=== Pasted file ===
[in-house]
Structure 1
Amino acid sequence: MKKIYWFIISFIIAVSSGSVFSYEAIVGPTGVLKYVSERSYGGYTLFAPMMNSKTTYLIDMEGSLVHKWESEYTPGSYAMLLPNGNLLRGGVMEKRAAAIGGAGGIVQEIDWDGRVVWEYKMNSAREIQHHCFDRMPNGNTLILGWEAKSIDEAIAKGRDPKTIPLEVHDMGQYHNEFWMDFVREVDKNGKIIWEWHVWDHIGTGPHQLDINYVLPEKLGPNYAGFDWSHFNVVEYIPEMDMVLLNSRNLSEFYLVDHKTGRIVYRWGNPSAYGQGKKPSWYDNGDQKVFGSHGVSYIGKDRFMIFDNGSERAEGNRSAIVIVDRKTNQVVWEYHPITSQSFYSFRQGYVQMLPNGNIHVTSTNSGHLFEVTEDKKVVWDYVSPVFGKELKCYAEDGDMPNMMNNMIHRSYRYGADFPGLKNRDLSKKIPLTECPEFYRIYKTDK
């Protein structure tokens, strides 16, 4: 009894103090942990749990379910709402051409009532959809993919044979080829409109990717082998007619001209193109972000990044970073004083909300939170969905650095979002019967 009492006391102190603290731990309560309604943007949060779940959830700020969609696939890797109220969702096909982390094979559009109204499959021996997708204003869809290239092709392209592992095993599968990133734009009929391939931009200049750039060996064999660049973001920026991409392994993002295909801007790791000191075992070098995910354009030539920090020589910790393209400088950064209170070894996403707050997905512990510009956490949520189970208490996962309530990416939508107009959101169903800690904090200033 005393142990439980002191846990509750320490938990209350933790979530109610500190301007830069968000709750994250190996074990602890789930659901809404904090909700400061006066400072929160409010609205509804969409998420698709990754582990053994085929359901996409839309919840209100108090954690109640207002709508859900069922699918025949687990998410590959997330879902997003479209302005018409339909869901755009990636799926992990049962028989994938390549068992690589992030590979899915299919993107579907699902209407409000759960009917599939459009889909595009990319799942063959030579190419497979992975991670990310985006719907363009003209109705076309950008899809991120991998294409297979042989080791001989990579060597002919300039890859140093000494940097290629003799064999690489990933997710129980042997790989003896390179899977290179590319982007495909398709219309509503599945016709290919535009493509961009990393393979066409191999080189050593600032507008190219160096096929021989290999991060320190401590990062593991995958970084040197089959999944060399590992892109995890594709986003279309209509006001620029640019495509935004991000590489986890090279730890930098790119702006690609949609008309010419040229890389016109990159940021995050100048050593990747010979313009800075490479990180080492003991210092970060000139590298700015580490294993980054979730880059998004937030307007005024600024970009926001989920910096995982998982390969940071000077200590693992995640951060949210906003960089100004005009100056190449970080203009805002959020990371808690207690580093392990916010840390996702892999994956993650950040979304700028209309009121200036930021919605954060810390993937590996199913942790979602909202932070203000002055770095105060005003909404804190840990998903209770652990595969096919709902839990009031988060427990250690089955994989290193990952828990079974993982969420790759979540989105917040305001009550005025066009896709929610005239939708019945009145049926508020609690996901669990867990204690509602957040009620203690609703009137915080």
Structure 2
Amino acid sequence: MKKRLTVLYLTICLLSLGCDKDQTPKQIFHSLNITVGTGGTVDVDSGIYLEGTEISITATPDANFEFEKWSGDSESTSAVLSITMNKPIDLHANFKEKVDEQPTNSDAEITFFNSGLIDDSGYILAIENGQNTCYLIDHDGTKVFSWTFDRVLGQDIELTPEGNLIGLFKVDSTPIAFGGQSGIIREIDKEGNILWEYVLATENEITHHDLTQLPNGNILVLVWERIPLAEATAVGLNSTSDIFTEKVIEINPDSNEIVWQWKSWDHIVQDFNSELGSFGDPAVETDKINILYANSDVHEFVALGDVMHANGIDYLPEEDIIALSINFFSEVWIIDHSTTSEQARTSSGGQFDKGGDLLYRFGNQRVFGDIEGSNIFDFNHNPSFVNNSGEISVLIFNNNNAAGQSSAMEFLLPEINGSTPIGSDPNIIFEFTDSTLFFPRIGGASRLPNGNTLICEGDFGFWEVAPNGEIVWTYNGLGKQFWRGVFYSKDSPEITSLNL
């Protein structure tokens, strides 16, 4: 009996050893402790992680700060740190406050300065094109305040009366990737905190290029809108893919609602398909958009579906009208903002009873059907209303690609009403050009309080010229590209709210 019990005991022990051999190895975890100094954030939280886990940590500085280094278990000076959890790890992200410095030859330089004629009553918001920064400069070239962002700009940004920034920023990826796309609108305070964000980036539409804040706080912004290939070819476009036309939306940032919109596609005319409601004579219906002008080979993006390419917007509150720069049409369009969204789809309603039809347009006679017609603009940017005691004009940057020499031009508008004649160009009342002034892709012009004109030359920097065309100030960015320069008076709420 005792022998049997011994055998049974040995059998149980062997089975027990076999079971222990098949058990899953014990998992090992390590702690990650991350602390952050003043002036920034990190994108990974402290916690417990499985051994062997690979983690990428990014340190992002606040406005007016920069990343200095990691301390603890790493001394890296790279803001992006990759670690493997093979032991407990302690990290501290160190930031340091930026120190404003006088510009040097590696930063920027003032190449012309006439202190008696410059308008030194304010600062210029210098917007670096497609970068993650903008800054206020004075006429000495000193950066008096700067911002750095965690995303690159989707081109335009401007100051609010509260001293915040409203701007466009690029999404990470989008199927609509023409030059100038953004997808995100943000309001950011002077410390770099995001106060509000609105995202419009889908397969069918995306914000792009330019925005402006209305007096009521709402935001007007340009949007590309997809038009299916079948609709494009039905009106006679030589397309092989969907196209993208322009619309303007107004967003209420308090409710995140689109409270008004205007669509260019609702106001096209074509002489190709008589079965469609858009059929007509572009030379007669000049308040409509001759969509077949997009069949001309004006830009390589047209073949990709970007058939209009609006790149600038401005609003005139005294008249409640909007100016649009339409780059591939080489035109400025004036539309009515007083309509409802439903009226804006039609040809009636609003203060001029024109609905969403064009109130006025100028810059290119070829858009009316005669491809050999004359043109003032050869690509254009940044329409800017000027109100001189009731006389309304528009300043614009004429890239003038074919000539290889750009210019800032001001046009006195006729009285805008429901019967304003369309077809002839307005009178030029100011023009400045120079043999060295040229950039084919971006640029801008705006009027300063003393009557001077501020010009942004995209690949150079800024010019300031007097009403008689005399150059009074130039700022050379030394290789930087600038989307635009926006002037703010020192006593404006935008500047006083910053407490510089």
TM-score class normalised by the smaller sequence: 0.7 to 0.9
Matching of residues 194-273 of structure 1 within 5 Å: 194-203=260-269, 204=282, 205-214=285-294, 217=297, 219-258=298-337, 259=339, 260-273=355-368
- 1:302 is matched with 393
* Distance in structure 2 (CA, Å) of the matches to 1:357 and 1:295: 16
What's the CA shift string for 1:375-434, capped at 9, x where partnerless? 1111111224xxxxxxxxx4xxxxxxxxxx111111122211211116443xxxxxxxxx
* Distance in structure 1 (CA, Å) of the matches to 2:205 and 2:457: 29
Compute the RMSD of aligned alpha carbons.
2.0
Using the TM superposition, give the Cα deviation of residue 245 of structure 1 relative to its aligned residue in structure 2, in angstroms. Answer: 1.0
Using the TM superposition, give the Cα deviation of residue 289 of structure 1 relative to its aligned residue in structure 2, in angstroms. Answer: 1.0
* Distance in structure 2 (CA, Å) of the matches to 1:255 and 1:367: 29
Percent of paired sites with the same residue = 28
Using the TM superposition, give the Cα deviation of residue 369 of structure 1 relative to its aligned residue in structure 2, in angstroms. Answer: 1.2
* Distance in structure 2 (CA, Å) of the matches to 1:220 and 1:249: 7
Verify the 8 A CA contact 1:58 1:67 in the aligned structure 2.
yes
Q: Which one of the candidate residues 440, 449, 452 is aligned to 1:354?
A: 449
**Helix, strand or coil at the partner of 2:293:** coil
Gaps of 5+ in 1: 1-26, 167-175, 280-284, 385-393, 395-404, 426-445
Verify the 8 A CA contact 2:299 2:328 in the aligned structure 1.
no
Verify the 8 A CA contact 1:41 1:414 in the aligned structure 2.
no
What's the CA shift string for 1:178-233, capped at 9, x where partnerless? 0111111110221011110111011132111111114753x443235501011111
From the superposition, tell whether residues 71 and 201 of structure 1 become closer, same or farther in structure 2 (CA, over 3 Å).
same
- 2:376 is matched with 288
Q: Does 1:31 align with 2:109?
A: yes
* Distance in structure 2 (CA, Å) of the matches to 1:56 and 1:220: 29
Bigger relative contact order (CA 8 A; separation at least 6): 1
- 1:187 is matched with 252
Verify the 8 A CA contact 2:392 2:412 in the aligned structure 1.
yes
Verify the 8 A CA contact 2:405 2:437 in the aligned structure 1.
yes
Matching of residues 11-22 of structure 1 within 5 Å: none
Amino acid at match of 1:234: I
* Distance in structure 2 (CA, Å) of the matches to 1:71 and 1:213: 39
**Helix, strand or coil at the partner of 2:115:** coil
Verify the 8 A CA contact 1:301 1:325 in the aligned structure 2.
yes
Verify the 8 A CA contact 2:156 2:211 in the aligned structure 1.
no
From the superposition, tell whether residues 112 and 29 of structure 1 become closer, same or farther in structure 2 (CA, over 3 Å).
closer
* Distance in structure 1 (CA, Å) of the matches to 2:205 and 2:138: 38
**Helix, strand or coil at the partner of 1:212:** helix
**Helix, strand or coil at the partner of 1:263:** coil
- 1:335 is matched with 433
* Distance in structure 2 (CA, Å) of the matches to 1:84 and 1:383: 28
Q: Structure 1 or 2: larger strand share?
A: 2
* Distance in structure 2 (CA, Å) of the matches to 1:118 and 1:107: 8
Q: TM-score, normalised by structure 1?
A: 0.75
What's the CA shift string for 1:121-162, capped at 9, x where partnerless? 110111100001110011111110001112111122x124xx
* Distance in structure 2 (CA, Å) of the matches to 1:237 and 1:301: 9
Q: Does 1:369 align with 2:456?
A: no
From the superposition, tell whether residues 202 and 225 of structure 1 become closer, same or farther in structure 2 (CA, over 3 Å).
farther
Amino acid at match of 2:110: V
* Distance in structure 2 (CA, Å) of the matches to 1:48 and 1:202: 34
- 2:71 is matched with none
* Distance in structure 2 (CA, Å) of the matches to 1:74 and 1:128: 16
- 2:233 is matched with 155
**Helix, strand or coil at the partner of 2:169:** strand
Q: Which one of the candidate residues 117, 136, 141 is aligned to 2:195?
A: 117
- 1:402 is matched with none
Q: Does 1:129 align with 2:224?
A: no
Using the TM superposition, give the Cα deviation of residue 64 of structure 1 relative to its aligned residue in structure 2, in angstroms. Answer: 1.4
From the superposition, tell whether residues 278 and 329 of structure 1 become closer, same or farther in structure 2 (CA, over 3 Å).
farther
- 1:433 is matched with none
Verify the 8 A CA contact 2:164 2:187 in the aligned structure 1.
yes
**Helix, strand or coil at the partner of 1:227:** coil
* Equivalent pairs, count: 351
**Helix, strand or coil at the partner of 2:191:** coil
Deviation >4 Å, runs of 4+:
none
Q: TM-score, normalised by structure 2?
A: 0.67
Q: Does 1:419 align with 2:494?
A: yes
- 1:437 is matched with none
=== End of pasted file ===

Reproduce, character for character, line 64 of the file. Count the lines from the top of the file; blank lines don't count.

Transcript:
A: 0.75